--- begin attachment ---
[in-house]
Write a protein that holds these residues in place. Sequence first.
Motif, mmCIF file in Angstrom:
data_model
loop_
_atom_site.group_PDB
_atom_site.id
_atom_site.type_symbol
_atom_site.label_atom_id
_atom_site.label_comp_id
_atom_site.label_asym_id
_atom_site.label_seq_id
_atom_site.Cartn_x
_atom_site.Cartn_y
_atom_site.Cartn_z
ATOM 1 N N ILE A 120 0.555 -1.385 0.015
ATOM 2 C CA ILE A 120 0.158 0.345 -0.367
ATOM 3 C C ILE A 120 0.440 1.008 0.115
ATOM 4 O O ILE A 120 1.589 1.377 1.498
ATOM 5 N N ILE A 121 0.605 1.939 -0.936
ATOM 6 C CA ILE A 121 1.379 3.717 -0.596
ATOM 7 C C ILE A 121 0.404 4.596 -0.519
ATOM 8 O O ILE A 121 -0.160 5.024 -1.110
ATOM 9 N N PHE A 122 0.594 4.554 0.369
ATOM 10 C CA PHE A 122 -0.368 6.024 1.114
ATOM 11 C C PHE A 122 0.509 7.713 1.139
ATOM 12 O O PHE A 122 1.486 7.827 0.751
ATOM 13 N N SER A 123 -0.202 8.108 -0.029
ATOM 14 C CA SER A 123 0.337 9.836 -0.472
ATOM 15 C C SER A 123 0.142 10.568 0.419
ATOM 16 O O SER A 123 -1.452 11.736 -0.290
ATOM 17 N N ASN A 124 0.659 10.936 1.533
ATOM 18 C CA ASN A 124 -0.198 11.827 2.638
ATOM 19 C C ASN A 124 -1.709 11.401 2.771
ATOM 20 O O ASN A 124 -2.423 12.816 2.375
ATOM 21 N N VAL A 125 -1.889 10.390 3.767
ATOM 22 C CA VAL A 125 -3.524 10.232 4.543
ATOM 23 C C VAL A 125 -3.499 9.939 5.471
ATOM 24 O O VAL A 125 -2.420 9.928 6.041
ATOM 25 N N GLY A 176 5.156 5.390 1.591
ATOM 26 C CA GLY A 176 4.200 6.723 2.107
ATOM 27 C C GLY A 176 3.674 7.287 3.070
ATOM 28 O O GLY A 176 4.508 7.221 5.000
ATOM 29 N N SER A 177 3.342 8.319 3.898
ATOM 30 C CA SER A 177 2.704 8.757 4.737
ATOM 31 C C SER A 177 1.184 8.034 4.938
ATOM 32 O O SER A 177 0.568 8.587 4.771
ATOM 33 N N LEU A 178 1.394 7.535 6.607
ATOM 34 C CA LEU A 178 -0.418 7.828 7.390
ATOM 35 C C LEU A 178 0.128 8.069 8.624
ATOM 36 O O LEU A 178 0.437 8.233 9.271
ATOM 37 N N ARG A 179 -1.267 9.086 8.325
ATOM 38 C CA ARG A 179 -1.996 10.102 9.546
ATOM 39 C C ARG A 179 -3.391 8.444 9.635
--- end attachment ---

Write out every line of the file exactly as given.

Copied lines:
[in-house]
Write a protein that holds these residues in place. Sequence first.
Motif, mmCIF file in Angstrom:
data_model
loop_
_atom_site.group_PDB
_atom_site.id
_atom_site.type_symbol
_atom_site.label_atom_id
_atom_site.label_comp_id
_atom_site.label_asym_id
_atom_site.label_seq_id
_atom_site.Cartn_x
_atom_site.Cartn_y
_atom_site.Cartn_z
ATOM 1 N N ILE A 120 0.555 -1.385 0.015
ATOM 2 C CA ILE A 120 0.158 0.345 -0.367
ATOM 3 C C ILE A 120 0.440 1.008 0.115
ATOM 4 O O ILE A 120 1.589 1.377 1.498
ATOM 5 N N ILE A 121 0.605 1.939 -0.936
ATOM 6 C CA ILE A 121 1.379 3.717 -0.596
ATOM 7 C C ILE A 121 0.404 4.596 -0.519
ATOM 8 O O ILE A 121 -0.160 5.024 -1.110
ATOM 9 N N PHE A 122 0.594 4.554 0.369
ATOM 10 C CA PHE A 122 -0.368 6.024 1.114
ATOM 11 C C PHE A 122 0.509 7.713 1.139
ATOM 12 O O PHE A 122 1.486 7.827 0.751
ATOM 13 N N SER A 123 -0.202 8.108 -0.029
ATOM 14 C CA SER A 123 0.337 9.836 -0.472
ATOM 15 C C SER A 123 0.142 10.568 0.419
ATOM 16 O O SER A 123 -1.452 11.736 -0.290
ATOM 17 N N ASN A 124 0.659 10.936 1.533
ATOM 18 C CA ASN A 124 -0.198 11.827 2.638
ATOM 19 C C ASN A 124 -1.709 11.401 2.771
ATOM 20 O O ASN A 124 -2.423 12.816 2.375
ATOM 21 N N VAL A 125 -1.889 10.390 3.767
ATOM 22 C CA VAL A 125 -3.524 10.232 4.543
ATOM 23 C C VAL A 125 -3.499 9.939 5.471
ATOM 24 O O VAL A 125 -2.420 9.928 6.041
ATOM 25 N N GLY A 176 5.156 5.390 1.591
ATOM 26 C CA GLY A 176 4.200 6.723 2.107
ATOM 27 C C GLY A 176 3.674 7.287 3.070
ATOM 28 O O GLY A 176 4.508 7.221 5.000
ATOM 29 N N SER A 177 3.342 8.319 3.898
ATOM 30 C CA SER A 177 2.704 8.757 4.737
ATOM 31 C C SER A 177 1.184 8.034 4.938
ATOM 32 O O SER A 177 0.568 8.587 4.771
ATOM 33 N N LEU A 178 1.394 7.535 6.607
ATOM 34 C CA LEU A 178 -0.418 7.828 7.390
ATOM 35 C C LEU A 178 0.128 8.069 8.624
ATOM 36 O O LEU A 178 0.437 8.233 9.271
ATOM 37 N N ARG A 179 -1.267 9.086 8.325
ATOM 38 C CA ARG A 179 -1.996 10.102 9.546
ATOM 39 C C ARG A 179 -3.391 8.444 9.635